Recruitment Techniques Part 1
Over the past year I have talked quite a bit about making your department better. By improving the environment in your department, you have now prepared it to receive new members. Creating a receptive and positive environment is key before you do any type of recruitment.
This week's column is the first of a two part series on recruitment. First we will look at ways to get potential members to look at the department, and next week we will look at ‘incentive’ plans.
As with all of my columns, we'll start with the basics. Every week I get emails and calls from potential members across the country looking to join a department. My advice to them is always to try the fire line, (http://www.nvfc.org/StateMap.html ) and to just go and knock on the door of their local department.
The reason they contact me is that they do not have a way to contact their local department, or they feel that their department doesn't need the help. Most departments that I know could always use help, so it seems that advertising the need is key. While some departments may be reluctant to publicize the need for help, unless there is a call to action, no one will answer it.
The Glenn Dale VFD has a lighted sign in front of their department that they use for recruitment. (http://www.volunteerfd.org/recruit_display.php?did=49) They have had great success with the sign, as have many others.
A good sign needs to be direct, to the point, include a 'call to action,' and a contact method. I have seen some towns that have a sign under all of their town limit signs. You cannot enter the town without realizing it is served by volunteers, and volunteers are needed. Another option is to put a sign in front of your department and have an ‘open house’ on your drill nights. It does not have to be a formal open house, but by allowing people to come in and see what you do it not only recruits members, but also it is a great public relations tool.
Open houses are a great way to get the public involved, show them where their donations go, and recruit members. Be sure to polish up the brass, put an ad in your local paper, and have refreshments. This shouldn’t be anything fancy but should include demonstrations of equipment and 'show and tell'.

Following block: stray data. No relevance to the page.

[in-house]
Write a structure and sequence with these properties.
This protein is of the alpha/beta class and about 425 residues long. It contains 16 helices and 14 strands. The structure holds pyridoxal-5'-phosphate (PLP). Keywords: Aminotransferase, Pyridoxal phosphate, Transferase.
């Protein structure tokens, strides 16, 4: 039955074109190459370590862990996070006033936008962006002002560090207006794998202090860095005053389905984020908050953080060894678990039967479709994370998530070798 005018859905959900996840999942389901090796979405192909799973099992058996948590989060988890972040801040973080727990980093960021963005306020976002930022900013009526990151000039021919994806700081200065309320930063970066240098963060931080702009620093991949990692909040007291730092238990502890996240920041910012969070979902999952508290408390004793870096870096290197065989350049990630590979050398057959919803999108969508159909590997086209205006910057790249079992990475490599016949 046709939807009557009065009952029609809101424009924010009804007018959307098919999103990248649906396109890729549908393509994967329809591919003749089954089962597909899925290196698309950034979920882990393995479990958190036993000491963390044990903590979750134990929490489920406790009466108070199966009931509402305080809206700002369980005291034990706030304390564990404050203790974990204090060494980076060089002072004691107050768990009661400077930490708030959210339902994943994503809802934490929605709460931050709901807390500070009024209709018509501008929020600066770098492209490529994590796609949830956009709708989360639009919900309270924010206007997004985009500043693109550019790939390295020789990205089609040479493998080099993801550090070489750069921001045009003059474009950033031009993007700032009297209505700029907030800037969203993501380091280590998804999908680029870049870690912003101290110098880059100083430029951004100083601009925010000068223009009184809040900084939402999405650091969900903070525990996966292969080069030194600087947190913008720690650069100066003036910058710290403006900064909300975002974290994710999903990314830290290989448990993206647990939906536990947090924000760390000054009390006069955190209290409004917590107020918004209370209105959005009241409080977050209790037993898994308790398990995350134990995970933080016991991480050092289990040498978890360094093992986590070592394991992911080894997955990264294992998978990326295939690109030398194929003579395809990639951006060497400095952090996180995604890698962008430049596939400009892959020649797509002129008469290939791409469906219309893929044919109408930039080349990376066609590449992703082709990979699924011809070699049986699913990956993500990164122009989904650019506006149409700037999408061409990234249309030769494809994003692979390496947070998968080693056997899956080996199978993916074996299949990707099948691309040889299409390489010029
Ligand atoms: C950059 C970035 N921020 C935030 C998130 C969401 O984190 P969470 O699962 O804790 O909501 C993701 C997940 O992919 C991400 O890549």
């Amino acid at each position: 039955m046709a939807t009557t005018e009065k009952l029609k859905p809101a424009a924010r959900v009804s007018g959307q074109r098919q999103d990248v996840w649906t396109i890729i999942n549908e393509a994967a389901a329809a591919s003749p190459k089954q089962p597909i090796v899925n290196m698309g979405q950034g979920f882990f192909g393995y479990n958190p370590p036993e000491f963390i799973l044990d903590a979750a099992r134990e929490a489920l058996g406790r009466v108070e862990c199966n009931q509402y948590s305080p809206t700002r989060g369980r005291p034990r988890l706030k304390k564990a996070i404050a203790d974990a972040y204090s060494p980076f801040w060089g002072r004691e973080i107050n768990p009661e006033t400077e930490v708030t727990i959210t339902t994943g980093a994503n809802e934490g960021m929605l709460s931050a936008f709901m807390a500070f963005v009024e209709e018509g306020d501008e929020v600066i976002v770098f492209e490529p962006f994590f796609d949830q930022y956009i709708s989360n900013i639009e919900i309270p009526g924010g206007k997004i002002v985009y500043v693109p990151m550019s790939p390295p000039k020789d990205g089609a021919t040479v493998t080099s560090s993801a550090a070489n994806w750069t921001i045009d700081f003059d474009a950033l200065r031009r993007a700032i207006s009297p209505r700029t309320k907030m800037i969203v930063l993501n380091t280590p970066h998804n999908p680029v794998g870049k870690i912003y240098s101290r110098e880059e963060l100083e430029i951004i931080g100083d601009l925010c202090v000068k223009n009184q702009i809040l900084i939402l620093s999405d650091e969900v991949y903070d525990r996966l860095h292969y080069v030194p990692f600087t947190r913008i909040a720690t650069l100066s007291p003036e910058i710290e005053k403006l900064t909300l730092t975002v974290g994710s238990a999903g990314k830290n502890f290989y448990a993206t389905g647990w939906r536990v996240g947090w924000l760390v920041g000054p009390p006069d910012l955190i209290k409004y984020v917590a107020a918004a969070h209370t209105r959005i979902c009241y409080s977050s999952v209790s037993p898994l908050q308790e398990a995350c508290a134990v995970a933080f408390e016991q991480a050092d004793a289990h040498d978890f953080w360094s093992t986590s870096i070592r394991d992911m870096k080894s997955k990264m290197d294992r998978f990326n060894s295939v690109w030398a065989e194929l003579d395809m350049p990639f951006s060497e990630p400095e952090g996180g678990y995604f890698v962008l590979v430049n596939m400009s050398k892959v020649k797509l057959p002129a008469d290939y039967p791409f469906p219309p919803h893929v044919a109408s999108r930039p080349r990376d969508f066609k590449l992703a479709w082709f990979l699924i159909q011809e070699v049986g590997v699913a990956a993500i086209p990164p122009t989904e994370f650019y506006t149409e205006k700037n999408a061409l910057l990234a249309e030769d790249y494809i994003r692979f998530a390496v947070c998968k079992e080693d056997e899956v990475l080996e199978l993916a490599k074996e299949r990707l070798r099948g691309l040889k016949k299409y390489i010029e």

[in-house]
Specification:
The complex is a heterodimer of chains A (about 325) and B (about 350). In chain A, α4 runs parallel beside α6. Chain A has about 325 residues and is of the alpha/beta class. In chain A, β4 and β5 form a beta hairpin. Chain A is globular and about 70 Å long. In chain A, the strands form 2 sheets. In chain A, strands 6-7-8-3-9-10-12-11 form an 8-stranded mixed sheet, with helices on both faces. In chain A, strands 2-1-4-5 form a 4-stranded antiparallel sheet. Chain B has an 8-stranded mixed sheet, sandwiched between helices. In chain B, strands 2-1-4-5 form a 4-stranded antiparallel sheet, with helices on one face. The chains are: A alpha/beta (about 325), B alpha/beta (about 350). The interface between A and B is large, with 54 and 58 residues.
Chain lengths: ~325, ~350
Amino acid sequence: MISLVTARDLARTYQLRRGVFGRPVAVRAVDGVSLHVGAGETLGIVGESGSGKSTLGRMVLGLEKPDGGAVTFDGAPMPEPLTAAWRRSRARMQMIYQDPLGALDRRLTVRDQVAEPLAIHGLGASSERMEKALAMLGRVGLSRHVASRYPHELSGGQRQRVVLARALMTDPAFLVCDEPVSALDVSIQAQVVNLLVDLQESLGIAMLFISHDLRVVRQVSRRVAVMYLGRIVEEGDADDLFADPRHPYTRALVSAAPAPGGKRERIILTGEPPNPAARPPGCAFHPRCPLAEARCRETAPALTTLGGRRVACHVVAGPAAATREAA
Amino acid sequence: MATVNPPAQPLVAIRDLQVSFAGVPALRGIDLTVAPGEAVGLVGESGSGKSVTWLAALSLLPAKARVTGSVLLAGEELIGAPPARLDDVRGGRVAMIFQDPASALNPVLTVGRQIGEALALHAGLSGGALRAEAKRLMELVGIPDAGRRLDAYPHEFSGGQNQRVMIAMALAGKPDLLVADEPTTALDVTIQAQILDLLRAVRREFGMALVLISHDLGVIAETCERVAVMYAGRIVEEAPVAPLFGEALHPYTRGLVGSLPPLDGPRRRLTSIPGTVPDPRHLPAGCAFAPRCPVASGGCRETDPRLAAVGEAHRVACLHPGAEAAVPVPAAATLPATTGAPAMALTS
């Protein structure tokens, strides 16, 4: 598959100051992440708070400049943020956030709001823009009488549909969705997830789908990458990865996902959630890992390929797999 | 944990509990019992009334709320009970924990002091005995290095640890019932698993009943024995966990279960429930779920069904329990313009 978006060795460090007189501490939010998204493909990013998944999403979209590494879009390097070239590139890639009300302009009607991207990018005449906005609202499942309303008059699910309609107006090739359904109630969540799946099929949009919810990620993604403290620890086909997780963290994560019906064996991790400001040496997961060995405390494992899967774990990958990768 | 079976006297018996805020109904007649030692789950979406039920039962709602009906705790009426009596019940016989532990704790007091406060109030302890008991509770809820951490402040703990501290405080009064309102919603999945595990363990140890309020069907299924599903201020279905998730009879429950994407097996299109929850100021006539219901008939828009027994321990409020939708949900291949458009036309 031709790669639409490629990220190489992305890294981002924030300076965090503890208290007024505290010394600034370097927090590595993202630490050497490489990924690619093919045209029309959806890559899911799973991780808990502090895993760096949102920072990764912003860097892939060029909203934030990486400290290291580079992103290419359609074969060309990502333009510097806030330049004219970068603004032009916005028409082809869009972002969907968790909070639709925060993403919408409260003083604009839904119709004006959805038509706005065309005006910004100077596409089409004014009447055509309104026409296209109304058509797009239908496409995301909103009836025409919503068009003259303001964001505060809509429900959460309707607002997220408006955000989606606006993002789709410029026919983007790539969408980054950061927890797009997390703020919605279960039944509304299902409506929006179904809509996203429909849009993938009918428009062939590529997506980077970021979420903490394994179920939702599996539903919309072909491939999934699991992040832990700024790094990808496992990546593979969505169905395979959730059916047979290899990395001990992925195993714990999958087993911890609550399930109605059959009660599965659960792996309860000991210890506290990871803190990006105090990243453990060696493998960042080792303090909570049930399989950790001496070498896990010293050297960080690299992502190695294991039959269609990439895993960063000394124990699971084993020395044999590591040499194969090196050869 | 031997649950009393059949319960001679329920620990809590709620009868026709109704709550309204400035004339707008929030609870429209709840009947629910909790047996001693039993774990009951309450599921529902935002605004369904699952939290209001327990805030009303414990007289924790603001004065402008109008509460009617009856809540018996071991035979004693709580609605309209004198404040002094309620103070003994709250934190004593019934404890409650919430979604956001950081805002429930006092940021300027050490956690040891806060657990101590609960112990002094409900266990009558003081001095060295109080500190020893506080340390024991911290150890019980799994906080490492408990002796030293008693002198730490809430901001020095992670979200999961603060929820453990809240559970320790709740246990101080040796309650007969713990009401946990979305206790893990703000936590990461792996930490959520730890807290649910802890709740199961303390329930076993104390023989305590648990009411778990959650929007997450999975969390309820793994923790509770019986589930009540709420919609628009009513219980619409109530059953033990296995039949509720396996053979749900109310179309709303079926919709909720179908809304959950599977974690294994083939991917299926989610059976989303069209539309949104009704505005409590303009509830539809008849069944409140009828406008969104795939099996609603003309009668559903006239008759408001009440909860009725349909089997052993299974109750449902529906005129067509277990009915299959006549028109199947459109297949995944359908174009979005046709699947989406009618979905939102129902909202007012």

Since I mentioned newspapers, let us look at what they can do for you. The press loves to print 'feel good' articles, and you should take advantage of that. Ideally you should be in the press every month. Publish you fundraisers, good calls, change of officers, and any milestone. Be sure to befriend your local writer, and invite them for drills, ride alongs, and keep them involved.
Another great way to advertise is through flyers. Flyers can be posted at your local businesses and handed out at functions. It doesn’t have to be fancy, and can be as simple as running copies at the department on colored paper. You should include full contact information including phone, email, and your website.
Any contact information should include a phone number that has voice mail or a message machine. The easiest way to turn off a new member is for them to have to chase down your department or leave a message and never get a call back. Your goal should be to respond to requests within 24-48 hours.
Your website should include details about what it is like to be a member and about your department. Many potential members will read any available information to decide if it is for them. Show pictures of your department in action, training, and fundraising. Life of a volunteer is more then fighting fires, and potential members should see that.
Many departments go door to door in their recruitment options. A door to door campaign gives that ‘personal touch’ and people love to see the shiny red trucks. Break out your uniforms, shine your shoes, and show your best side. Bring your flyers, and take the time to really talk to the public.
In my “Making it Through the Day" column (http://www.volunteerfd.org/archive/day.php) I discussed working with employers to gain members. You may also be able to get local businesses to ‘sponsor’ your recruitment efforts. If you allow the local sign company to put their logo on your sign they may do it for a discount or even free. Same goes for printing companies. Local businesses will post your flyers, and allow you to set up your truck in front of your department to hand them out.
No matter what your advertising method is, the bottom line is to get the word out and give people a way to contact you. You would be surprised at how effective these basic, and low cost, methods are.
Next week we will look at how to spend money for incentive plans, explorer posts, and LOSAP plans. If you have a very successful program, please feel free to email me the details at Jason@volunterfd.org
Discuss this column at: http://www.volunteerfd.org/phorum/read.php?f=20&i=75&t=75